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Nat Rev Clin Oncol. 2016 Mar;13(3):143-58. doi: 10.1038/nrclinonc.2015.209. Epub 2015 Nov 24.

Combination cancer immunotherapies tailored to the tumour microenvironment.

Author information

1
Immunology in Cancer and Infection Laboratory, QIMR Berghofer Medical Research Institute, Herston 4006, Queensland, Australia.
2
Department of Medicine, Division of Haematology/Oncology, Jonsson Comprehensive Cancer Center at UCLA, Los Angeles, California 90095, USA.
3
Cancer Immunoregulation and Immunotherapy Laboratory QIMR Berghofer Medical Research Institute, Herston, 4006 Queensland, Australia.

Abstract

Evidence suggests that cancer immunotherapy will be a major part of the combination treatment plan for many patients with many cancer types in the near future. There are many types of immune processes involving different antitumour and tumour-promoting leucocytes, and tumour cells use many strategies to evade the immune response. The tumour microenvironment can help determine which immune suppressive pathways become activated to restrain antitumour immunity. This includes immune checkpoint receptors on effector T-cells and myeloid cells, and release of inhibitory cytokines and metabolites. Therapeutic approaches that target these pathways, particularly immune-checkpoint receptors, can induce durable antitumour responses in patients with advanced-stage cancers, including melanoma. Nevertheless, many patients do not have a good response to monotherapy approaches and alternative strategies are required to achieve optimal therapeutic benefit. These strategies include eliminating the bulk of tumour cells to provoke tumour-antigen release and antigen-presenting cell (APC) function, using adjuvants to enhance APC function, and using agents that enhance effector-cell activity. In this Review, we discuss the stratification of the tumour microenvironment according to tumour-infiltrating lymphocytes and PD-L1 expression in the tumour, and how this stratification enables the design of optimal combination cancer therapies tailored to target different tumour microenvironments.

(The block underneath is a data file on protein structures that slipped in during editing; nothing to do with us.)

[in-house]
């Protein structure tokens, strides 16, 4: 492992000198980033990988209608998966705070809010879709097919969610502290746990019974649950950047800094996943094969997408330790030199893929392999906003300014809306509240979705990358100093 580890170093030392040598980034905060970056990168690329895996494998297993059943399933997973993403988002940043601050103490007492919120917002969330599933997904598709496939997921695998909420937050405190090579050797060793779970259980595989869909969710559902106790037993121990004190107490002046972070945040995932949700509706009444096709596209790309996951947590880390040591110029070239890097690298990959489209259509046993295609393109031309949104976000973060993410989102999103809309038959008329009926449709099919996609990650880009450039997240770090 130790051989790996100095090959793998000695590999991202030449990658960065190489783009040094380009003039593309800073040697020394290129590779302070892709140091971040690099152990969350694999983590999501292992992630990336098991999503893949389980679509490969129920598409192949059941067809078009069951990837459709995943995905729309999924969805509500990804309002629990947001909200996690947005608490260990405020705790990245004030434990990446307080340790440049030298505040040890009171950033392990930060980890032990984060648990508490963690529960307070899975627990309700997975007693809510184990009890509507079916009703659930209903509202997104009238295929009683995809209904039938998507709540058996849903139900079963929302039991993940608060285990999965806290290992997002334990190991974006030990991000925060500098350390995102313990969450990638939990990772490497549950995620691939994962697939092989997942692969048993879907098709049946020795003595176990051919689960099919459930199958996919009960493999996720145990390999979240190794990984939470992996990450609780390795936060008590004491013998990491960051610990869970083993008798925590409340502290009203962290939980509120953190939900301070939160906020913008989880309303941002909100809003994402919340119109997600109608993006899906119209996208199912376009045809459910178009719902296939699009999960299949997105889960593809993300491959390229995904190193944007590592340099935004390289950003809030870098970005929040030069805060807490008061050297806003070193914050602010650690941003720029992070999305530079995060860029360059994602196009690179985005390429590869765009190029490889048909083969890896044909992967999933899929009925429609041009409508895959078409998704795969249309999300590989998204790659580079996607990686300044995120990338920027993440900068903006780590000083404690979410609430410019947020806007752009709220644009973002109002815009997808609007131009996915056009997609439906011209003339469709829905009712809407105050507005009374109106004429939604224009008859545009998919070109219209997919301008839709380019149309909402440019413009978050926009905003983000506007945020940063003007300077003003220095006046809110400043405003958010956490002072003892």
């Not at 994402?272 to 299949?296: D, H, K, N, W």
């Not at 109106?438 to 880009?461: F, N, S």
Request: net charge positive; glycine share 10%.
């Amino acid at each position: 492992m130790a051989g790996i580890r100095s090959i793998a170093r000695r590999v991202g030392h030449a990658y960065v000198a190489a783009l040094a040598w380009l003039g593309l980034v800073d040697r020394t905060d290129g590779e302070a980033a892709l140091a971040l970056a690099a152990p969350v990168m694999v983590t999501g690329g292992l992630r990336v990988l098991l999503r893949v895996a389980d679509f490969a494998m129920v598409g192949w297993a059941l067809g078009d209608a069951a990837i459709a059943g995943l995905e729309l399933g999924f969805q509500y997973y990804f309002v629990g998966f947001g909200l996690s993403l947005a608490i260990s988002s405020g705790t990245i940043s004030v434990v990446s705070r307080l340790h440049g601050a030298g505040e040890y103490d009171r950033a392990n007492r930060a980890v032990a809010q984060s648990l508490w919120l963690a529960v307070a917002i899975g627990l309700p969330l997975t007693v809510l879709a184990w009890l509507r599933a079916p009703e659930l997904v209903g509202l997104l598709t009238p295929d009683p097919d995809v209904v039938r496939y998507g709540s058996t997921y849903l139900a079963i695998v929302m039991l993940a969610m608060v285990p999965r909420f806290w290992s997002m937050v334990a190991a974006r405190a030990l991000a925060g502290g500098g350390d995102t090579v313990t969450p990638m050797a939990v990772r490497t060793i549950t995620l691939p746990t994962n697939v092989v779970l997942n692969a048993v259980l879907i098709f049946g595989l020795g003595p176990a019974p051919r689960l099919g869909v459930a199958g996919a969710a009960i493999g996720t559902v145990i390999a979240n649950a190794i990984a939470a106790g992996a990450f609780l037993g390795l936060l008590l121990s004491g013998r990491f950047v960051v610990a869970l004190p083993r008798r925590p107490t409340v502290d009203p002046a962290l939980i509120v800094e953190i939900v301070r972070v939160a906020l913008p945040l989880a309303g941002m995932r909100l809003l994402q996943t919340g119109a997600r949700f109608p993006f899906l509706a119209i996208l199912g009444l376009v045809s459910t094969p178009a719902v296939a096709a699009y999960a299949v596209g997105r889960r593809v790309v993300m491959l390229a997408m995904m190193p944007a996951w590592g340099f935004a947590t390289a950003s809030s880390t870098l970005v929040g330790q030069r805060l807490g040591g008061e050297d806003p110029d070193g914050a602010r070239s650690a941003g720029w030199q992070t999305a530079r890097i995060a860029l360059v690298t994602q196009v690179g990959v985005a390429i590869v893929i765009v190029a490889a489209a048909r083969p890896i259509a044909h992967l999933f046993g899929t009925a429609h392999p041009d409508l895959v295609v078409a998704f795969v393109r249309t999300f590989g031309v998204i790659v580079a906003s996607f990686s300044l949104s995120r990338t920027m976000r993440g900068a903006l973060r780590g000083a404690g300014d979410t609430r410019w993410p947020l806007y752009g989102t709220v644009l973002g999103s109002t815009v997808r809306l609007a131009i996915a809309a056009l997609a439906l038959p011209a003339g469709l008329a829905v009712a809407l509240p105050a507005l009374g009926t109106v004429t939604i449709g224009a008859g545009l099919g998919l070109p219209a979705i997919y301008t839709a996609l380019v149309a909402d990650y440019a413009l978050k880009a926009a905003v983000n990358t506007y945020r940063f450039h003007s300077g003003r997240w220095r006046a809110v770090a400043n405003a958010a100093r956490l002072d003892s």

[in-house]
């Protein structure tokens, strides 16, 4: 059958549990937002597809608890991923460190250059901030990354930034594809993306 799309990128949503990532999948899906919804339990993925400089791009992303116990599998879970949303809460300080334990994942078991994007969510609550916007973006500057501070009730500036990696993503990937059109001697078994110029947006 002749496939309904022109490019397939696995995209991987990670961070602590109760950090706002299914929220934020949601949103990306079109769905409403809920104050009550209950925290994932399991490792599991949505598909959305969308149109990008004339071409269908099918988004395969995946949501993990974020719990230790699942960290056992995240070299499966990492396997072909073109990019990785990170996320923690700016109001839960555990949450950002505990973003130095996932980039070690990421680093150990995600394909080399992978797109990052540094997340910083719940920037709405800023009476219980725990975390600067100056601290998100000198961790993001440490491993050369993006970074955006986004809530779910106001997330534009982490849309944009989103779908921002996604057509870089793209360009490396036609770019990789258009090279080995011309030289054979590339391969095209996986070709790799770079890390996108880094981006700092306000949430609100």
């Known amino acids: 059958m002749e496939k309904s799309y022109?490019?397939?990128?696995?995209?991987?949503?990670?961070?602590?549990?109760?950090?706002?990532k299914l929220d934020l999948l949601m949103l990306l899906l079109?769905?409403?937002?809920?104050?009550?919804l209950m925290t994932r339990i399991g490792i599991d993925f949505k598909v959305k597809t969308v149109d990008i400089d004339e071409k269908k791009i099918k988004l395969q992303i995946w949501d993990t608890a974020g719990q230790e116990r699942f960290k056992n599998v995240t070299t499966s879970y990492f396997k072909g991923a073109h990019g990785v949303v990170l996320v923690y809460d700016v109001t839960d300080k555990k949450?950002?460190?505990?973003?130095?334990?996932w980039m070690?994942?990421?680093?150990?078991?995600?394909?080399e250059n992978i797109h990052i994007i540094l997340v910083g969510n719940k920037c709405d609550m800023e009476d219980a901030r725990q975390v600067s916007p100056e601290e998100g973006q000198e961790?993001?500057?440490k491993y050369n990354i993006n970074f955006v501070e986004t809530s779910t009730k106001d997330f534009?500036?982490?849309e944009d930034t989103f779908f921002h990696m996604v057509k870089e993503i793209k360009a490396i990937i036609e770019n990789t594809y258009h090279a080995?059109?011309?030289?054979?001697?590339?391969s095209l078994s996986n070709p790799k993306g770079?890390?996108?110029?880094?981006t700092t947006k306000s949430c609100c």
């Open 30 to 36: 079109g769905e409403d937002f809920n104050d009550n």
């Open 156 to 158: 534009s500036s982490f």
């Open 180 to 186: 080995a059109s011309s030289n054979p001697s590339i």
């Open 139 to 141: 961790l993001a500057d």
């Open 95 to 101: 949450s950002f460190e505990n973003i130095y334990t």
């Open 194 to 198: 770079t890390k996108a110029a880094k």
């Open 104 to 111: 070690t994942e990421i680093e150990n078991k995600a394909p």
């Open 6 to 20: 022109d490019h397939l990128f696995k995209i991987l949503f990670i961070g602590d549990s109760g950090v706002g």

PMID:
26598942
DOI:
10.1038/nrclinonc.2015.209
[Indexed for MEDLINE]
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